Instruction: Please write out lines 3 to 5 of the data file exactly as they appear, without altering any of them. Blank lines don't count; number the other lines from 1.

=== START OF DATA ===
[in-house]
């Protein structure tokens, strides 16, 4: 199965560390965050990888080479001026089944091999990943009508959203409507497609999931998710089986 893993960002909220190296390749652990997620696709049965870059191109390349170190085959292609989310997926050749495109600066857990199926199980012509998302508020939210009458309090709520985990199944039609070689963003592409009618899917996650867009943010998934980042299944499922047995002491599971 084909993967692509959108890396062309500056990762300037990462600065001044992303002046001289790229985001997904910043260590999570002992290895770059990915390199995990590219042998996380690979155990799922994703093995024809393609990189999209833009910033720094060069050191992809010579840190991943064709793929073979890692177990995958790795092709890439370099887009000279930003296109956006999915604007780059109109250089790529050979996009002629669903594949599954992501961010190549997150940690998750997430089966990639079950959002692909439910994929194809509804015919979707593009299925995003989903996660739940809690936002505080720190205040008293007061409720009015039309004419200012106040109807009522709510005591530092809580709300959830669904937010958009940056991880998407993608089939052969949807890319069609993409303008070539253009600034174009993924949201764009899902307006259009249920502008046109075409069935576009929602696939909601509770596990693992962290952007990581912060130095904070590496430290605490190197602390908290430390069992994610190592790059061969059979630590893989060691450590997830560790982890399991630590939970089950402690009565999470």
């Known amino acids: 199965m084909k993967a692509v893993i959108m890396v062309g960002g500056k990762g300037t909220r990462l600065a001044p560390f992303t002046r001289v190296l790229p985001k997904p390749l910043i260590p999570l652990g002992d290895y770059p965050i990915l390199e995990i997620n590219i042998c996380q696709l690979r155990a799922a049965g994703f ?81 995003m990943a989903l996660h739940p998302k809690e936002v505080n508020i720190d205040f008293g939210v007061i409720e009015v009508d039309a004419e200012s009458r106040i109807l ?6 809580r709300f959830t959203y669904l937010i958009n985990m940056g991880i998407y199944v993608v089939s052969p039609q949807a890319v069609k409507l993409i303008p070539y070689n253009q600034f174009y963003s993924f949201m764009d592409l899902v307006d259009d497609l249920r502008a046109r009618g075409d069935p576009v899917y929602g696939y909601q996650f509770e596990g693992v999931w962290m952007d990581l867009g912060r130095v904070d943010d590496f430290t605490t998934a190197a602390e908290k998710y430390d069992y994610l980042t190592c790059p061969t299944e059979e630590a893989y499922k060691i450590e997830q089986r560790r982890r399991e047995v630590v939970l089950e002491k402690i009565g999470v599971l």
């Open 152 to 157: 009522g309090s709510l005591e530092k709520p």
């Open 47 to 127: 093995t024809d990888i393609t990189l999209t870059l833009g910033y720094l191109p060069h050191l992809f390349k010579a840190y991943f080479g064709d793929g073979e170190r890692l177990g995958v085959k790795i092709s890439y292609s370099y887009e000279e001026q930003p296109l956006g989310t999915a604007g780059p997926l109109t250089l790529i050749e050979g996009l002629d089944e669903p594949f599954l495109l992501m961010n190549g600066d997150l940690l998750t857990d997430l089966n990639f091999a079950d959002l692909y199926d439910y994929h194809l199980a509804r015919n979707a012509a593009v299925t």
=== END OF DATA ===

């Known amino acids: 199965m084909k993967a692509v893993i959108m890396v062309g960002g500056k990762g300037t909220r990462l600065a001044p560390f992303t002046r001289v190296l790229p985001k997904p390749l910043i260590p999570l652990g002992d290895y770059p965050i990915l390199e995990i997620n590219i042998c996380q696709l690979r155990a799922a049965g994703f ?81 995003m990943a989903l996660h739940p998302k809690e936002v505080n508020i720190d205040f008293g939210v007061i409720e009015v009508d039309a004419e200012s009458r106040i109807l ?6 809580r709300f959830t959203y669904l937010i958009n985990m940056g991880i998407y199944v993608v089939s052969p039609q949807a890319v069609k409507l993409i303008p070539y070689n253009q600034f174009y963003s993924f949201m764009d592409l899902v307006d259009d497609l249920r502008a046109r009618g075409d069935p576009v899917y929602g696939y909601q996650f509770e596990g693992v999931w962290m952007d990581l867009g912060r130095v904070d943010d590496f430290t605490t998934a190197a602390e908290k998710y430390d069992y994610l980042t190592c790059p061969t299944e059979e630590a893989y499922k060691i450590e997830q089986r560790r982890r399991e047995v630590v939970l089950e002491k402690i009565g999470v599971l």
């Open 152 to 157: 009522g309090s709510l005591e530092k709520p």
């Open 47 to 127: 093995t024809d990888i393609t990189l999209t870059l833009g910033y720094l191109p060069h050191l992809f390349k010579a840190y991943f080479g064709d793929g073979e170190r890692l177990g995958v085959k790795i092709s890439y292609s370099y887009e000279e001026q930003p296109l956006g989310t999915a604007g780059p997926l109109t250089l790529i050749e050979g996009l002629d089944e669903p594949f599954l495109l992501m961010n190549g600066d997150l940690l998750t857990d997430l089966n990639f091999a079950d959002l692909y199926d439910y994929h194809l199980a509804r015919n979707a012509a593009v299925t």